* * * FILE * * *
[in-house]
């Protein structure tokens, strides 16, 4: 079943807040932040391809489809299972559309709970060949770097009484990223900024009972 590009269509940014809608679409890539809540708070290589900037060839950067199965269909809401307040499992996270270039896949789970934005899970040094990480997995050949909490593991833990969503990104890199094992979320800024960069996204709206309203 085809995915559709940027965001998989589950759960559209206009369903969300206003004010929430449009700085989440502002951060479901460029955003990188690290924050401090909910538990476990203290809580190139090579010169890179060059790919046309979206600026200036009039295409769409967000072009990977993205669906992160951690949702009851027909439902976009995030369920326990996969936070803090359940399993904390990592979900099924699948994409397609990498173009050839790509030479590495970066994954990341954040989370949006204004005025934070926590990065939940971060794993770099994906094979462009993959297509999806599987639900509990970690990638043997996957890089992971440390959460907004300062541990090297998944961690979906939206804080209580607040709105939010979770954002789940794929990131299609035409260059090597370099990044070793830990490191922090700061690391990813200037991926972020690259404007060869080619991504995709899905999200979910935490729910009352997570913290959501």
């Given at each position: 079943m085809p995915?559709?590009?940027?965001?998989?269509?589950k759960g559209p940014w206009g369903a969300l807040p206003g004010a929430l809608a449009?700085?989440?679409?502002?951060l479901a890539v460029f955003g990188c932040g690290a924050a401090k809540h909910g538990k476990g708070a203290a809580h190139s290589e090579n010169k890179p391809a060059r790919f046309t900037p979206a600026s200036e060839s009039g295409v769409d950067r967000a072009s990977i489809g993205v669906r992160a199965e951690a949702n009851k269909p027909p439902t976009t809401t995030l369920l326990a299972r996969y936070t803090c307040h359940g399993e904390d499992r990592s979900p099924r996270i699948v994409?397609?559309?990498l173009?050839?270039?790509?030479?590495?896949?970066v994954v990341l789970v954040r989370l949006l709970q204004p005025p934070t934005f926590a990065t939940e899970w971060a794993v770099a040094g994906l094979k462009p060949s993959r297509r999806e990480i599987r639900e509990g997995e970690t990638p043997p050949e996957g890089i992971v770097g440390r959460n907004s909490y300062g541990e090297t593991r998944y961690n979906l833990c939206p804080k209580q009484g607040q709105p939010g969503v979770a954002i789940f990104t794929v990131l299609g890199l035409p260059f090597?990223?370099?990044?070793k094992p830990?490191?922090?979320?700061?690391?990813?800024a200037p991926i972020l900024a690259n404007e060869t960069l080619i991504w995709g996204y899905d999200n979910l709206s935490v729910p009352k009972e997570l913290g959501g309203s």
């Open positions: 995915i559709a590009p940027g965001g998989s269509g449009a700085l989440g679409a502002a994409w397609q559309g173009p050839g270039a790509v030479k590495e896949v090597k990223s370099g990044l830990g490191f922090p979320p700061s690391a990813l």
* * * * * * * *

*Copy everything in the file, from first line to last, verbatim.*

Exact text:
[in-house]
């Protein structure tokens, strides 16, 4: 079943807040932040391809489809299972559309709970060949770097009484990223900024009972 590009269509940014809608679409890539809540708070290589900037060839950067199965269909809401307040499992996270270039896949789970934005899970040094990480997995050949909490593991833990969503990104890199094992979320800024960069996204709206309203 085809995915559709940027965001998989589950759960559209206009369903969300206003004010929430449009700085989440502002951060479901460029955003990188690290924050401090909910538990476990203290809580190139090579010169890179060059790919046309979206600026200036009039295409769409967000072009990977993205669906992160951690949702009851027909439902976009995030369920326990996969936070803090359940399993904390990592979900099924699948994409397609990498173009050839790509030479590495970066994954990341954040989370949006204004005025934070926590990065939940971060794993770099994906094979462009993959297509999806599987639900509990970690990638043997996957890089992971440390959460907004300062541990090297998944961690979906939206804080209580607040709105939010979770954002789940794929990131299609035409260059090597370099990044070793830990490191922090700061690391990813200037991926972020690259404007060869080619991504995709899905999200979910935490729910009352997570913290959501």
């Given at each position: 079943m085809p995915?559709?590009?940027?965001?998989?269509?589950k759960g559209p940014w206009g369903a969300l807040p206003g004010a929430l809608a449009?700085?989440?679409?502002?951060l479901a890539v460029f955003g990188c932040g690290a924050a401090k809540h909910g538990k476990g708070a203290a809580h190139s290589e090579n010169k890179p391809a060059r790919f046309t900037p979206a600026s200036e060839s009039g295409v769409d950067r967000a072009s990977i489809g993205v669906r992160a199965e951690a949702n009851k269909p027909p439902t976009t809401t995030l369920l326990a299972r996969y936070t803090c307040h359940g399993e904390d499992r990592s979900p099924r996270i699948v994409?397609?559309?990498l173009?050839?270039?790509?030479?590495?896949?970066v994954v990341l789970v954040r989370l949006l709970q204004p005025p934070t934005f926590a990065t939940e899970w971060a794993v770099a040094g994906l094979k462009p060949s993959r297509r999806e990480i599987r639900e509990g997995e970690t990638p043997p050949e996957g890089i992971v770097g440390r959460n907004s909490y300062g541990e090297t593991r998944y961690n979906l833990c939206p804080k209580q009484g607040q709105p939010g969503v979770a954002i789940f990104t794929v990131l299609g890199l035409p260059f090597?990223?370099?990044?070793k094992p830990?490191?922090?979320?700061?690391?990813?800024a200037p991926i972020l900024a690259n404007e060869t960069l080619i991504w995709g996204y899905d999200n979910l709206s935490v729910p009352k009972e997570l913290g959501g309203s």
């Open positions: 995915i559709a590009p940027g965001g998989s269509g449009a700085l989440g679409a502002a994409w397609q559309g173009p050839g270039a790509v030479k590495e896949v090597k990223s370099g990044l830990g490191f922090p979320p700061s690391a990813l």